A new report by the United States Census Bureau has said that more than a third of all Americans are facing homelessness in the next two months. This is based on the number of American households that have missed mortgage or rent payments and who are unlikely to meet the necessary requirements to avoid foreclosure or eviction. This comes along with the expiration of federal and state eviction moratoriums that are set to end with the New Year.
The Economic Impact of the Coronavirus
The coronavirus, also known as COVID-19, has had a profound effect on people’s lives and livelihoods. With the infection rate on the way back up and coronavirus-related deaths skyrocketing almost everywhere, many states, including New York, are once again contemplating shutting down businesses to curtail the spread of the disease. Many people fear another shut down, since the first shutdown resulted in many businesses being forced to close or limit their business significantly.
The prospect of a second shutdown may be necessary to maintain public health, but economically speaking, it could not come at a worse time. Many people remain out of work from the first shutdown, and people have struggled to stay afloat through the economic strife. Making things worse is that state and federal moratoriums on evictions are about to expire, which will likely result in widespread homelessness.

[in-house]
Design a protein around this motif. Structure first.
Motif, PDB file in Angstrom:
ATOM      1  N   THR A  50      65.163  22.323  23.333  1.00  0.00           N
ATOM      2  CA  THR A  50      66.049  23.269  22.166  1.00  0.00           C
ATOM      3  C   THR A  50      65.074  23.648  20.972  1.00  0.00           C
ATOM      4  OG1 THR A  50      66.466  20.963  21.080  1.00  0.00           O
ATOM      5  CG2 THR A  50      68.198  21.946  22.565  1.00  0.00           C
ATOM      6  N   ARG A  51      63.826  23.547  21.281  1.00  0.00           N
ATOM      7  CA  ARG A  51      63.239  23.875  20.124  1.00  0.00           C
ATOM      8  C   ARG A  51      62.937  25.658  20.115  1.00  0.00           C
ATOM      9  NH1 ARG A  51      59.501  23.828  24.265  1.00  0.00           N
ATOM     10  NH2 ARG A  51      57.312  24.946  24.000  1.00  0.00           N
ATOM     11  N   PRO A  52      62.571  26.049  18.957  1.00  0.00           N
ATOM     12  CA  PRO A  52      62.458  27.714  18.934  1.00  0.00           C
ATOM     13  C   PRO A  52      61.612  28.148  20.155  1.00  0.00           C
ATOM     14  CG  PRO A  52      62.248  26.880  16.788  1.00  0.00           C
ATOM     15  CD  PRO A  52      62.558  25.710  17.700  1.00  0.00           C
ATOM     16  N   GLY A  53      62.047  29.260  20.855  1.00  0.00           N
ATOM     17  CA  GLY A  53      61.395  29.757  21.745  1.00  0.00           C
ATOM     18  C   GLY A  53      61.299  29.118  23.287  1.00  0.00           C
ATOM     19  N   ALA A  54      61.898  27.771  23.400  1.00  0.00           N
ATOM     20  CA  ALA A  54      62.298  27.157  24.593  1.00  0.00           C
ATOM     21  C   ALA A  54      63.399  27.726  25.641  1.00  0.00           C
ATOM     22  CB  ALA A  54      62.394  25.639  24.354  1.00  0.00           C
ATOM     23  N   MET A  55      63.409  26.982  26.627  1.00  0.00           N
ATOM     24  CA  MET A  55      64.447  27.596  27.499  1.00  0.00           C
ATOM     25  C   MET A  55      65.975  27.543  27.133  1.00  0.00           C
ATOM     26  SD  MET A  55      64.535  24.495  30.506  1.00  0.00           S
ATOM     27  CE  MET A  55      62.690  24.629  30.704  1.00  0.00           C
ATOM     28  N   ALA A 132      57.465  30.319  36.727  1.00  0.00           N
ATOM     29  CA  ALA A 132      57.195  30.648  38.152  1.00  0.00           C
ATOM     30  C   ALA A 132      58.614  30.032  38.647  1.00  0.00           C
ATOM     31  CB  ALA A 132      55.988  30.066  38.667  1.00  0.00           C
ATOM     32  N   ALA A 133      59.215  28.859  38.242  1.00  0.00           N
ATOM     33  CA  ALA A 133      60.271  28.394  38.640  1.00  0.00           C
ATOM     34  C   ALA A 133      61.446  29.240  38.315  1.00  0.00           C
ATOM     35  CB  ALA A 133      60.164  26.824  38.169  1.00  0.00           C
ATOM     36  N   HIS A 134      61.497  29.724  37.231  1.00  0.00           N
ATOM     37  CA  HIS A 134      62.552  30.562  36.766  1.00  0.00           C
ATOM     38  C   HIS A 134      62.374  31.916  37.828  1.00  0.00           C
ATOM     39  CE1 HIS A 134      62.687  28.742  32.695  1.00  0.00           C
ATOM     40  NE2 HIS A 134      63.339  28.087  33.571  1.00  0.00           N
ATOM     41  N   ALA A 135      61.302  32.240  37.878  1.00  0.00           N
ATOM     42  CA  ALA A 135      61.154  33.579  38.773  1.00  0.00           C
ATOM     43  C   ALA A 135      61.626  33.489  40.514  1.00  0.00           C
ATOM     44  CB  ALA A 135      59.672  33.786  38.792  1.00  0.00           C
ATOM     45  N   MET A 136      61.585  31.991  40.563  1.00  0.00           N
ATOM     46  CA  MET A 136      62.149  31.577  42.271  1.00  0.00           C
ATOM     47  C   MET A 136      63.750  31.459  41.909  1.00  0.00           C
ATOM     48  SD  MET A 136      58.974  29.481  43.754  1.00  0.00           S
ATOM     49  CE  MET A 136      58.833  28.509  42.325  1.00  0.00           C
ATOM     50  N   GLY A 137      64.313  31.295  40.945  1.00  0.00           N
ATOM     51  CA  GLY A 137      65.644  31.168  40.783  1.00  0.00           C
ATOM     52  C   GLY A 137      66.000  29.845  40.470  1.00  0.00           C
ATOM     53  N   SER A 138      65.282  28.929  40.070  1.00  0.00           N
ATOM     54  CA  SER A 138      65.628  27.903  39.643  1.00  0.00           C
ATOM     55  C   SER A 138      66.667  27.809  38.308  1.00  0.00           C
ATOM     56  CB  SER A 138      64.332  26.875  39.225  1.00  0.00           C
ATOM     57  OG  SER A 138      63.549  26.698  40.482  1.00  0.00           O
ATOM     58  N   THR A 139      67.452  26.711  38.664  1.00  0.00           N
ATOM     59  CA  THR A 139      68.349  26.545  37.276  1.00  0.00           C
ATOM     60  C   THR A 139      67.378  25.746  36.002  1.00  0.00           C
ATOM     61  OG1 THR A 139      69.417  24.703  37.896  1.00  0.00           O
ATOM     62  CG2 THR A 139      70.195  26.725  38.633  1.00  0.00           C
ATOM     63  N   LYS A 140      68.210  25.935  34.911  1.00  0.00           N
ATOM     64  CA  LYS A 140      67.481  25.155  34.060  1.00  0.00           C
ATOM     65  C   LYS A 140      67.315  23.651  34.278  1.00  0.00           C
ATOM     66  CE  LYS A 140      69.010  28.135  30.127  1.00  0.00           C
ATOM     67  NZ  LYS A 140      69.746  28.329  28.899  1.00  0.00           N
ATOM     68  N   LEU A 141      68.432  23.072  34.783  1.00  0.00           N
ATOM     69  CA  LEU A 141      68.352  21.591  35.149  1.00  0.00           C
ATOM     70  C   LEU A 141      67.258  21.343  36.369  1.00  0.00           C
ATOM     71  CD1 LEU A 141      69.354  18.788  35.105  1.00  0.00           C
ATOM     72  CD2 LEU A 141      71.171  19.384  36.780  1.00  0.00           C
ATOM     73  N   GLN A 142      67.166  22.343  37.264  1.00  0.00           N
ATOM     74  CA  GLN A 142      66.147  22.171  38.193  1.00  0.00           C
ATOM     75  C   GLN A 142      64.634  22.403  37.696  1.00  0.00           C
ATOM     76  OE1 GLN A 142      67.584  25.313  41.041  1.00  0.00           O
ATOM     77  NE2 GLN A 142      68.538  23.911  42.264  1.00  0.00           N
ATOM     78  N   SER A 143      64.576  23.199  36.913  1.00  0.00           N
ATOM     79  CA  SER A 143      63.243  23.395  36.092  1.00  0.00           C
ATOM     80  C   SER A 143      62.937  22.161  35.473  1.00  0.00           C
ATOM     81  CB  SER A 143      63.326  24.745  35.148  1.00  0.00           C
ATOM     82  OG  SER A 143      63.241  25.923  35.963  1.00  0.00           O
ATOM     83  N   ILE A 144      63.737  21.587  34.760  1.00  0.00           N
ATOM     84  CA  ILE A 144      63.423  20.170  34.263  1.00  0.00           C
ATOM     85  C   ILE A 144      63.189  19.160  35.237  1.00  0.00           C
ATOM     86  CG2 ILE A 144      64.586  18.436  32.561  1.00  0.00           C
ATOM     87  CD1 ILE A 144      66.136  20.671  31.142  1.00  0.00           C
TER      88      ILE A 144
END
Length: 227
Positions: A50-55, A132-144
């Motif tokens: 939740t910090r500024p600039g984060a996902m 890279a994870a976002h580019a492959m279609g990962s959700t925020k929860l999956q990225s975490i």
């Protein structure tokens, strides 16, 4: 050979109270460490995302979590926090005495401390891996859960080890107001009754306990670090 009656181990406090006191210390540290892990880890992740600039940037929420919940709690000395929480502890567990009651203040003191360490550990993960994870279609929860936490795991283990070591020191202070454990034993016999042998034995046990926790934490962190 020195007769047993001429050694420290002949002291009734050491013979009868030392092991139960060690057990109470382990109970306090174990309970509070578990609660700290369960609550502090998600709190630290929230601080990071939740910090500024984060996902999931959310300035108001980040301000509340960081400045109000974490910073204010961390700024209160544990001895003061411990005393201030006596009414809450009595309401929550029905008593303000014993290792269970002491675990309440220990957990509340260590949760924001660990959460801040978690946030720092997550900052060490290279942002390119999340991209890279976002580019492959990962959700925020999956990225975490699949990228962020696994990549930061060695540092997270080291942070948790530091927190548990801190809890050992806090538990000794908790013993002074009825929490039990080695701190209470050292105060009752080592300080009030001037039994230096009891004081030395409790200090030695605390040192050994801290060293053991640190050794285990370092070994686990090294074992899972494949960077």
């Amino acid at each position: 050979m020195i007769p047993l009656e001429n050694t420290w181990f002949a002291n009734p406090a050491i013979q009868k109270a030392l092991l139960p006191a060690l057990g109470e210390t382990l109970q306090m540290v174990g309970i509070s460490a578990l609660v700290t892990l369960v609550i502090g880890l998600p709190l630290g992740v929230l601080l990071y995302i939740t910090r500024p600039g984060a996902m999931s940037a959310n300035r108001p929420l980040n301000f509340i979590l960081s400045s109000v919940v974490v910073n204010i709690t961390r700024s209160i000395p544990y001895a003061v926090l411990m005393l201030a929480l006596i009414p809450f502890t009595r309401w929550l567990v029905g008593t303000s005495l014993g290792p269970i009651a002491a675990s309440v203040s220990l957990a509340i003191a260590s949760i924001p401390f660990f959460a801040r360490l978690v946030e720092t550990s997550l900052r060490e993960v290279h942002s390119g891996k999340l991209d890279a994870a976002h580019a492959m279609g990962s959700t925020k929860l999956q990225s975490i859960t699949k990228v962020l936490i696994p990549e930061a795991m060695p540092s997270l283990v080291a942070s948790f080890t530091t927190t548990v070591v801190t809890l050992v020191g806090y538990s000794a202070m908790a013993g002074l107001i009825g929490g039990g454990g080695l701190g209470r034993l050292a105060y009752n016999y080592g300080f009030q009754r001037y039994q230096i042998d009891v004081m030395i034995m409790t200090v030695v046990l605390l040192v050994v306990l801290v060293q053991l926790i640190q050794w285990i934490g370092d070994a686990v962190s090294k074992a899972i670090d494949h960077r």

The End of Eviction Moratoriums
New York was among the first states to enact a moratorium on residential evictions, preventing landlords from kicking residents out for being unable to pay their rent. A similar federal moratorium was put into place back in March, although to a much more limited extent. While the residential moratorium in New York was extended until May 1, the federal moratorium is set to expire with the New Year.
What Happens Now?
With 35% of Americans expecting to be evicted or foreclosed on over the course of the next two months, people are searching for help to stop themselves from losing their homes. While a measure being considered by Congress may extend the federal moratorium until January 31, it still means many Americans now face homelessness. Some people may be able to protect themselves from eviction, however, if they seek out legal assistance.
If you have questions regarding your rights as a landlord or tenant, you should seek advice from an attorney experienced in handling these matters. A New York landlord-tenant lawyer, who is experienced in handling landlord-tenant cases of all sorts, can advise you of your legal rights and will fight for your best interests in court. If you are facing a dispute over unpaid rent, lease violations, or other similar issues, contact the Suffolk County landlord-tenant attorneys at McGuire, Peláez and Bennett at (631) 348-1702.